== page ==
- The Washington Times - Sunday, August 14, 2005

Fete marks end

of Japanese rule

SEOUL — More than 180 North Korean delegates flew to South Korea yesterday for celebrations marking the 60th anniversary of independence from Japanese colonial rule.

The four-day event, marked by calls for reunification of the Korean Peninsula, comes in spite of an unresolved crisis over Pyongyang’s nuclear plans. Six-party talks are at a standstill, and South Korea publicly broke with the United States last week over whether the North should be allowed to have a peaceful nuclear-energy program.

Two North Korean passenger jets flew from Pyongyang to Inchon near Seoul yesterday carrying 182 delegates led by senior communist party official Kim Ki-nam.

After an unprecedented visit to the South’s national cemetery to pay respects to soldiers killed in the Korean War, the North Korean delegates joined South Koreans at the opening ceremony, which played to the people’s apparent desire for unification.

“We must overcome regional and partisan interests to join the will and strength of the nation,” Mr. Kim told the crowd.

South Korean Unification Minister Chung Dong-young welcomed the North Koreans’ visit to the national memorial, saying it would help to usher in “a new future of national harmony.”

“We must set aside our painful past and reconcile, help each other and join hands to walk toward the mutual prosperity of the nation,” he said. A banner unfurled from the roof of the stadium with the message: “Unification has already happened.”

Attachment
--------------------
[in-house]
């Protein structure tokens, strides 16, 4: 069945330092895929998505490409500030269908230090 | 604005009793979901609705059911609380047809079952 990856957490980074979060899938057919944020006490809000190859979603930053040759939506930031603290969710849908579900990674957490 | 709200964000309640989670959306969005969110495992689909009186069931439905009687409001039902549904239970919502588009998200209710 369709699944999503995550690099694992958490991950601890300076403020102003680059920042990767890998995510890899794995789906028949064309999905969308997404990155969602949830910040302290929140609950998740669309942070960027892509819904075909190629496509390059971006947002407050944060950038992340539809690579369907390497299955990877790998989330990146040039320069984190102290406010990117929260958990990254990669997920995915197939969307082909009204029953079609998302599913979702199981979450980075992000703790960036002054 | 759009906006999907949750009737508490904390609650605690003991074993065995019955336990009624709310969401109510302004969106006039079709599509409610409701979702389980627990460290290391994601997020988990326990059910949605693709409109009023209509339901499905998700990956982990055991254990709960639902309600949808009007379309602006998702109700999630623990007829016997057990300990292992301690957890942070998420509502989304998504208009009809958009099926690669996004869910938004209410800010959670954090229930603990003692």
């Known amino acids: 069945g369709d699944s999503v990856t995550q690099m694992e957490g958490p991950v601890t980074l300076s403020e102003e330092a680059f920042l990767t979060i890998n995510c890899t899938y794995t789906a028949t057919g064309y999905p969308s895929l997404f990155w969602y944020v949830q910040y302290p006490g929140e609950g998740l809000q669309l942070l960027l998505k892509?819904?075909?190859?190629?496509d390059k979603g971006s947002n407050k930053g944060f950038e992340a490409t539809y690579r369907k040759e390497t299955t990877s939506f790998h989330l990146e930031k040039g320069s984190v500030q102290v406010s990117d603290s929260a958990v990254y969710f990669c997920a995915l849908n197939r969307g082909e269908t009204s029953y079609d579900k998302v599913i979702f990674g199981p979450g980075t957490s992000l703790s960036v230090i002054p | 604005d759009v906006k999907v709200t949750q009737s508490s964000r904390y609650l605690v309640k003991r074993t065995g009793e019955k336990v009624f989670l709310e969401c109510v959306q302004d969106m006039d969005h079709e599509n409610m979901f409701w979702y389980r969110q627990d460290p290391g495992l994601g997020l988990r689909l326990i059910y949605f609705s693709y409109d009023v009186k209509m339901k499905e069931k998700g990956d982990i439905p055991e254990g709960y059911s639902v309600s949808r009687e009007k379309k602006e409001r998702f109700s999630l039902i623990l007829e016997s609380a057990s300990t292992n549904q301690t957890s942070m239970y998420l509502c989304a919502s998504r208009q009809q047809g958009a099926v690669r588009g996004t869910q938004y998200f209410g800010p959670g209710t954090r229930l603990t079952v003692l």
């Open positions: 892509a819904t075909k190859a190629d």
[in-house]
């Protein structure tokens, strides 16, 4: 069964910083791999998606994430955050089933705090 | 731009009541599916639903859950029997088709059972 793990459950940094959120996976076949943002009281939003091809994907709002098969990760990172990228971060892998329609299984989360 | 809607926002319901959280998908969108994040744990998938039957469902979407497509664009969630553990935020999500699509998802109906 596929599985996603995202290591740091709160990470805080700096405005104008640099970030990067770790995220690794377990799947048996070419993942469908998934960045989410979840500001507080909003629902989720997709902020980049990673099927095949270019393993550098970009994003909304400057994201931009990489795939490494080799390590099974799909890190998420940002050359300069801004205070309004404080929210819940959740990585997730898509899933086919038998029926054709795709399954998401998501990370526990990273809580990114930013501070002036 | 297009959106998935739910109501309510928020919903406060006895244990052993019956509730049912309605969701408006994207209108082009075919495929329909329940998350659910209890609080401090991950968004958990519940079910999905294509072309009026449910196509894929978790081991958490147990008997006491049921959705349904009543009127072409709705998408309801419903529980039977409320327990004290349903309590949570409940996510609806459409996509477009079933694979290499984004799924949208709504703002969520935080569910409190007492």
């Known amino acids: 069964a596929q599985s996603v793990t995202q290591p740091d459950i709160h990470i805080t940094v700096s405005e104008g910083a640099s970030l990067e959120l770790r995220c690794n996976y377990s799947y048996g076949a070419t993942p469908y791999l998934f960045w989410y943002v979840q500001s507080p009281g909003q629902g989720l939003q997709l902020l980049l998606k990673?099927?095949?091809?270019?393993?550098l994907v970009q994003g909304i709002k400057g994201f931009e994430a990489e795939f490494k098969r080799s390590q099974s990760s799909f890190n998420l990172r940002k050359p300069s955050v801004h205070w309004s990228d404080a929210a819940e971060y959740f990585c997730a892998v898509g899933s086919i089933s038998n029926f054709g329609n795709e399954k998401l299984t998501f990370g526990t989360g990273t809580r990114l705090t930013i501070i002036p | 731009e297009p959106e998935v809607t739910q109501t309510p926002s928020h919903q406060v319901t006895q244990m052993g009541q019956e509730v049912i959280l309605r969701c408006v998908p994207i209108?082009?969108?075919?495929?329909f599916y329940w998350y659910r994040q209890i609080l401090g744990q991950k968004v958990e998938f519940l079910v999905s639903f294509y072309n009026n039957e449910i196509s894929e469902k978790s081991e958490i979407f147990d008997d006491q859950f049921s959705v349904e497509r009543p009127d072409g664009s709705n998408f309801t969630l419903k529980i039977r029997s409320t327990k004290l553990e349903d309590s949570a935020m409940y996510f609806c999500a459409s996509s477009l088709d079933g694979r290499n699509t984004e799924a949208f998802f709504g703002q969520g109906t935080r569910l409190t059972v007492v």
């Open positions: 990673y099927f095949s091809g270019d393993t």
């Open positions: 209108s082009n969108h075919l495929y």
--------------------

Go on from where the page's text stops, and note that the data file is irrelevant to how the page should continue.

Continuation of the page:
Sporadic protests by conservative South Koreans were quickly broken up by authorities, but they said they planned to disrupt some of the events. Extra police are on duty in the city.

After the opening event, the two Koreas’ national soccer teams played a friendly “unification game.” The South won 3-0.

South and North Korea are technically still at war, with only a truce in place since fighting ended in the 1950-53 Korean War, which left the peninsula divided. There has been a rapid warming of ties after an unprecedented but unrepeated summit of the two Korean leaders in 2000. The impoverished North has increasingly depended on the South for food and commercial aid.

But a crisis spurred by Pyongyang’s nuclear ambitions remains unresolved after four rounds of talks to end the North’s nuclear programs in return for aid and security guarantees.

South Korean Foreign Minister Ban Ki-moon has said Seoul plans to hold discussions with visiting officials to help negotiate an agreement when the talks resume.

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